Thomas Jones is the most reliable pickup, but if your chances of getting him are slim, go after McCluster or McClain. Any or all of them could have value, small as it may be on this Chiefs’ offense. We’ll have to see how the Chiefs use them in Week 3.
It’s safe to say he’s looking promising. After hanging 400 yards passing on the Packers, we can no longer sweep him under the rug as a fluke. Some of his success in Week 1 could be written off on the Arizona defense. In Week 2, we could assume the Packers weren’t expecting the Panthers to come out throwing at them. But it’s time to pickup Newton. His Week 2 performance, even with three picks and only one touchdown, made for a decent fantasy start. Keep your fingers crossed that you aren’t starting him the week he comes back down to earth. To his credit, he’ll be improving and getting more accustomed to NFL speed while the rest of the league tries to figure out how to stop him. It’ll be interesting to see how that plays out.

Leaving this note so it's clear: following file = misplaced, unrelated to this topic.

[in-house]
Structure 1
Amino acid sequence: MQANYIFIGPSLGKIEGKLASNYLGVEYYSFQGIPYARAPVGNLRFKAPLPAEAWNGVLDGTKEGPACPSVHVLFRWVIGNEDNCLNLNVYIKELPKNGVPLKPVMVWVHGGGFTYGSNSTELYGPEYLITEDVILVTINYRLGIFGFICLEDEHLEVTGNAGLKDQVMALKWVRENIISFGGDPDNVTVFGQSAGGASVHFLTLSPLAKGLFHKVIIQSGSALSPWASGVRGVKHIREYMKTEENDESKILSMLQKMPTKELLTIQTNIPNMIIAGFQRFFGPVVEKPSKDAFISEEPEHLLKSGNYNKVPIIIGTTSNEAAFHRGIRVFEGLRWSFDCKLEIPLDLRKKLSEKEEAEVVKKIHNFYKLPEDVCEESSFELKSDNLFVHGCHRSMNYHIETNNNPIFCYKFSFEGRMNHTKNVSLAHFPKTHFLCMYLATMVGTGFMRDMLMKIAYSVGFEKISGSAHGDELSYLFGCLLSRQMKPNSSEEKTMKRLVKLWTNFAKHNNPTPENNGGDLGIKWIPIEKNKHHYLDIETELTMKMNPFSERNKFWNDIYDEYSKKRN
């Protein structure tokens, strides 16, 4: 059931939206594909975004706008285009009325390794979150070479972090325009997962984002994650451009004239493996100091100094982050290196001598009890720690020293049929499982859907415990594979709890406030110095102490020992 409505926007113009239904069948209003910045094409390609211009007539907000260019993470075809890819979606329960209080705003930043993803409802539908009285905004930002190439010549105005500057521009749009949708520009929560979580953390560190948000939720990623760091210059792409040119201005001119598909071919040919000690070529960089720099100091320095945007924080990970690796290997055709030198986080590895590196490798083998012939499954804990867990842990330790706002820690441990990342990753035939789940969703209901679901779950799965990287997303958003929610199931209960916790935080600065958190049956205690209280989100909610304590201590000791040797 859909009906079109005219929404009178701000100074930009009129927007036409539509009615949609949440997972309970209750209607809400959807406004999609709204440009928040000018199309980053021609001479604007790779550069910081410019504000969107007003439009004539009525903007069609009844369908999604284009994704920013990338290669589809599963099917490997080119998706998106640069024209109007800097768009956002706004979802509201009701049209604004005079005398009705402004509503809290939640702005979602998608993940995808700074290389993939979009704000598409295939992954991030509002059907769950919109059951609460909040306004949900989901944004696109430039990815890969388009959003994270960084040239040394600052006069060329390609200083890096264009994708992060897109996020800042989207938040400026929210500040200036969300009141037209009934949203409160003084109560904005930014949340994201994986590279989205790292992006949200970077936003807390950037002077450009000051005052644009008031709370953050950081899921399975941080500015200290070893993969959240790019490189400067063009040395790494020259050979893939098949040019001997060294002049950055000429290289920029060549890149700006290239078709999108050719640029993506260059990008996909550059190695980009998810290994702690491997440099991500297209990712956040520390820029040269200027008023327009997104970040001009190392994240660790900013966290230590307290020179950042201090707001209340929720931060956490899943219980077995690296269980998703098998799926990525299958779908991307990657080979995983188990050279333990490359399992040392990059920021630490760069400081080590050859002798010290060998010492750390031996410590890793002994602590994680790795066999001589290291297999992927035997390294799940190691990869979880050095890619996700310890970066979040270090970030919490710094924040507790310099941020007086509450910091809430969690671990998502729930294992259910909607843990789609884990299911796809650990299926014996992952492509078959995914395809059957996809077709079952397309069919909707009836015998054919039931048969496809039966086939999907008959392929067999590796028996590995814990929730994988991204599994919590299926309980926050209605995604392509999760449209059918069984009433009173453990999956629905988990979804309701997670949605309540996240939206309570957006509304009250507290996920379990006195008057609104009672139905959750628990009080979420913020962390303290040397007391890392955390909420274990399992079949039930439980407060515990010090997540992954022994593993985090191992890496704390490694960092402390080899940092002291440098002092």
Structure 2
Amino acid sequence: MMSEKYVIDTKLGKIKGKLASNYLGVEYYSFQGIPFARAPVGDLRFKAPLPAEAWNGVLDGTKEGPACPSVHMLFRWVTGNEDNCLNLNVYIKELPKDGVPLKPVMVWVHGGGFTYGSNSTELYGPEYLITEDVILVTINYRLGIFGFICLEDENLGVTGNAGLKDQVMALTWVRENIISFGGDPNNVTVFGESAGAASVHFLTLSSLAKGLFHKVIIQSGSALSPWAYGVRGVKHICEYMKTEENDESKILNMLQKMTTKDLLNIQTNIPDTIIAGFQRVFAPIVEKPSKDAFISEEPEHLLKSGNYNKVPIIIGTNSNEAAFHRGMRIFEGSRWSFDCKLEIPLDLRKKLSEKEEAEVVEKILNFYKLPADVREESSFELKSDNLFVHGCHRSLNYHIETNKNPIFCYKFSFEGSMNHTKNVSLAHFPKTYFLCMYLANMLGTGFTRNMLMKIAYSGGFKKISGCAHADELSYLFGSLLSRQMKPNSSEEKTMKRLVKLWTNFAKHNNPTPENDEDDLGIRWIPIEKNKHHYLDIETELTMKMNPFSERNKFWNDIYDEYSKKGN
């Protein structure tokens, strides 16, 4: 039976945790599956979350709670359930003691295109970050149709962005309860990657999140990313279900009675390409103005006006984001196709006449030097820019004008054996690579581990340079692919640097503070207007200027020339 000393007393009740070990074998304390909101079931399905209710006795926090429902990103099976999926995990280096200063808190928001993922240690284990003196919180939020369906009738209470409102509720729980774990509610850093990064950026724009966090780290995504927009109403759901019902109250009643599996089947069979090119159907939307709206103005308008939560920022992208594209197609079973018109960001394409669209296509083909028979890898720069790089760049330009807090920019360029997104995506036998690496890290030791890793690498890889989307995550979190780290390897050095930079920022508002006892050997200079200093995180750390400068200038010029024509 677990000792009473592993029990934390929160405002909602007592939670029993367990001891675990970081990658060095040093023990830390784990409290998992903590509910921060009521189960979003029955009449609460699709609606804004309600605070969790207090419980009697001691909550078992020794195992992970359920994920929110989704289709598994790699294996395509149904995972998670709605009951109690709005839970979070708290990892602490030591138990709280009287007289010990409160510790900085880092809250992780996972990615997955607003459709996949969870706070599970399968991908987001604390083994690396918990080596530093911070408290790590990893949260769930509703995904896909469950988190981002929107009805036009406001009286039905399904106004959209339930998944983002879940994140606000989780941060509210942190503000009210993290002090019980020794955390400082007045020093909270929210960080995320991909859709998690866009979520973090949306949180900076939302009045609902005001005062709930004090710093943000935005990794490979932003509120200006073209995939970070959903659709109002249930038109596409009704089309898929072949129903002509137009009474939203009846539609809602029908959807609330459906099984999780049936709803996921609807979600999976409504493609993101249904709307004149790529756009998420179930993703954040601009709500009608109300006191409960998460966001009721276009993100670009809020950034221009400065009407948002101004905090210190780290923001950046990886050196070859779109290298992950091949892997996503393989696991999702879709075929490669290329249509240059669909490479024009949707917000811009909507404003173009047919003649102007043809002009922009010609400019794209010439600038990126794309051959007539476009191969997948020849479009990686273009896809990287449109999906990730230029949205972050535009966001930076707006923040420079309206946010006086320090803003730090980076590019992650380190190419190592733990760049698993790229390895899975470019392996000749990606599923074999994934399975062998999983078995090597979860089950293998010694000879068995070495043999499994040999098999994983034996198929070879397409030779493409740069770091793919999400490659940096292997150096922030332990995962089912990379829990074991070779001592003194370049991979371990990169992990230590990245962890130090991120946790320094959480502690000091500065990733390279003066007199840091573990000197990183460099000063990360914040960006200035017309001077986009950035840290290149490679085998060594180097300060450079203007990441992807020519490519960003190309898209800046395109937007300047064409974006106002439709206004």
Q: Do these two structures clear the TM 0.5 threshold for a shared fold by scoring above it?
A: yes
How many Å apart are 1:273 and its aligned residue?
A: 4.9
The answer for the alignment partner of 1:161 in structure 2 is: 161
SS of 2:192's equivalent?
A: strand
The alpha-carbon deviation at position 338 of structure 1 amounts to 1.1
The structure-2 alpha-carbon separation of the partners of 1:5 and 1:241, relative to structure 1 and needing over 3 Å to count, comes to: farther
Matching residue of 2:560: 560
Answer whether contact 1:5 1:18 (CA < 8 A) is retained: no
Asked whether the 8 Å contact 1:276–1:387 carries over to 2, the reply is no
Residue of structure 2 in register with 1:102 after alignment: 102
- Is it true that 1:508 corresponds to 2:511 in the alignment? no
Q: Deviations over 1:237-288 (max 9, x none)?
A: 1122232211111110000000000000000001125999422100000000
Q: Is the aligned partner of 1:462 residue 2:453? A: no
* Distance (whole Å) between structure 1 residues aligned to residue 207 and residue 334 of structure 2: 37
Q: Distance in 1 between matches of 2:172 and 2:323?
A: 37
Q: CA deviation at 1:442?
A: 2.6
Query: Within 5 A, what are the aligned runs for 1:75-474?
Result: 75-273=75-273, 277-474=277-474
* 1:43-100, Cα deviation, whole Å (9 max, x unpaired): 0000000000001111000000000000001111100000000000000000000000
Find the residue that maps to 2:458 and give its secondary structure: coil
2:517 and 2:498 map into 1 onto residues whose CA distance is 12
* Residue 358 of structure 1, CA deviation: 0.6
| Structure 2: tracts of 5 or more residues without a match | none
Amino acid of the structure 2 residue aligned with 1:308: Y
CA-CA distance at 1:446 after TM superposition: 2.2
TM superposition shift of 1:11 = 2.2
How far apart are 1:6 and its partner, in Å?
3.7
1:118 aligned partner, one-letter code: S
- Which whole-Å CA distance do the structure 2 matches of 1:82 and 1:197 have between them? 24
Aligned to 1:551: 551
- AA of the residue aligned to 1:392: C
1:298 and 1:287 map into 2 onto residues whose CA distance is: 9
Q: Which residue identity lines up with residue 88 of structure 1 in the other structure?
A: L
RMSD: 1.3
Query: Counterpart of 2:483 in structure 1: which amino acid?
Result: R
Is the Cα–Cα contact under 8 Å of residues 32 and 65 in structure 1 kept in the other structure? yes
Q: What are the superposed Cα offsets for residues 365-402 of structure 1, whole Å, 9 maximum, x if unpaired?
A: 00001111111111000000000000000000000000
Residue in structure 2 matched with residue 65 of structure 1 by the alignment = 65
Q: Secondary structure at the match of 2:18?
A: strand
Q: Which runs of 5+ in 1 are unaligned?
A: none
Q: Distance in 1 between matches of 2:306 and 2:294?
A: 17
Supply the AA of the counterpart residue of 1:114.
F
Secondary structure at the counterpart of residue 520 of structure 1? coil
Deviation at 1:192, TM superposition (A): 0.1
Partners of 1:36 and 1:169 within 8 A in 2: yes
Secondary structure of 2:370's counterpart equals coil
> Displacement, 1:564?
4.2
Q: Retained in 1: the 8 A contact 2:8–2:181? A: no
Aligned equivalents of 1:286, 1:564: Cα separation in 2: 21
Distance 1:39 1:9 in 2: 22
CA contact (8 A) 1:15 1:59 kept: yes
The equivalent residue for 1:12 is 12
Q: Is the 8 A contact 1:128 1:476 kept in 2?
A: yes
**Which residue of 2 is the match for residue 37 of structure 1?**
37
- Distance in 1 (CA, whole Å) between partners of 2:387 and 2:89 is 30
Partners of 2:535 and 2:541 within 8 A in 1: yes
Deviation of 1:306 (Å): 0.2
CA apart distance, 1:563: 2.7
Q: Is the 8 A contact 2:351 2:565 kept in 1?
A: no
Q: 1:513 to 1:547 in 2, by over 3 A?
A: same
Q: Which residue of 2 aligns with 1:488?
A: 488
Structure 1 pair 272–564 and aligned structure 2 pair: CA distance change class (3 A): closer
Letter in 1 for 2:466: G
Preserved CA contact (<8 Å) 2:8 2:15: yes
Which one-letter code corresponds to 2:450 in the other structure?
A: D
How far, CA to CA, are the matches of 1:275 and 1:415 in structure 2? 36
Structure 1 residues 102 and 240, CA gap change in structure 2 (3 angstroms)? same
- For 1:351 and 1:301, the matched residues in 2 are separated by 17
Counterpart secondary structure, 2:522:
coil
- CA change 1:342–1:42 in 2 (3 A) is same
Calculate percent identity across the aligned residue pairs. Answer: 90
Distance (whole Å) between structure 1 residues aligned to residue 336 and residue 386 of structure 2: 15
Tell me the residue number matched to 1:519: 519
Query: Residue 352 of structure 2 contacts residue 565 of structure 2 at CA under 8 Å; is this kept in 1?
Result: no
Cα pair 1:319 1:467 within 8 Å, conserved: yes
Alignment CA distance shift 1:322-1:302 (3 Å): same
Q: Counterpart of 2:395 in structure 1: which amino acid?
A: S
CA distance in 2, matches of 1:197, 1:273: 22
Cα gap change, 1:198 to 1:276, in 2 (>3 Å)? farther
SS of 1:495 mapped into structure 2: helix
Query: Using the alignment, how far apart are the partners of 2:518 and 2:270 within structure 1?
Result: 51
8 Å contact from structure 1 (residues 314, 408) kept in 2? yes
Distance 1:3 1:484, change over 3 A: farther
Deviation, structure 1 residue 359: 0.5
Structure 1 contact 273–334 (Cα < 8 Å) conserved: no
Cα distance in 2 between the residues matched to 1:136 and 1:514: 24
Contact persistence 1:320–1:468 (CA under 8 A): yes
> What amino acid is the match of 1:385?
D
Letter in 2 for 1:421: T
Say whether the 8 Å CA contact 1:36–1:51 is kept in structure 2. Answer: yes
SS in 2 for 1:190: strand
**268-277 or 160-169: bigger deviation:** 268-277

Much to my dismay, the rookie running back had 107 yards rushing and 10 yards receiving Sunday while Reggie Bush sat on the sideline. I don’t like his “emergence” since it puts a damper on my Reggie Bush sleeper pick. That said, the Dolphins still didn’t win on Sunday, so there’s a very good chance they decide they need more Bush on the field. Thomas gives them a runner powerful enough to go up the middle and wear down defenses late in games, but he hasn’t shown very much game-changing, playmaking ability yet. Still, better safe than sorry. If he wasn’t drafted, make sure you get him on a roster this week.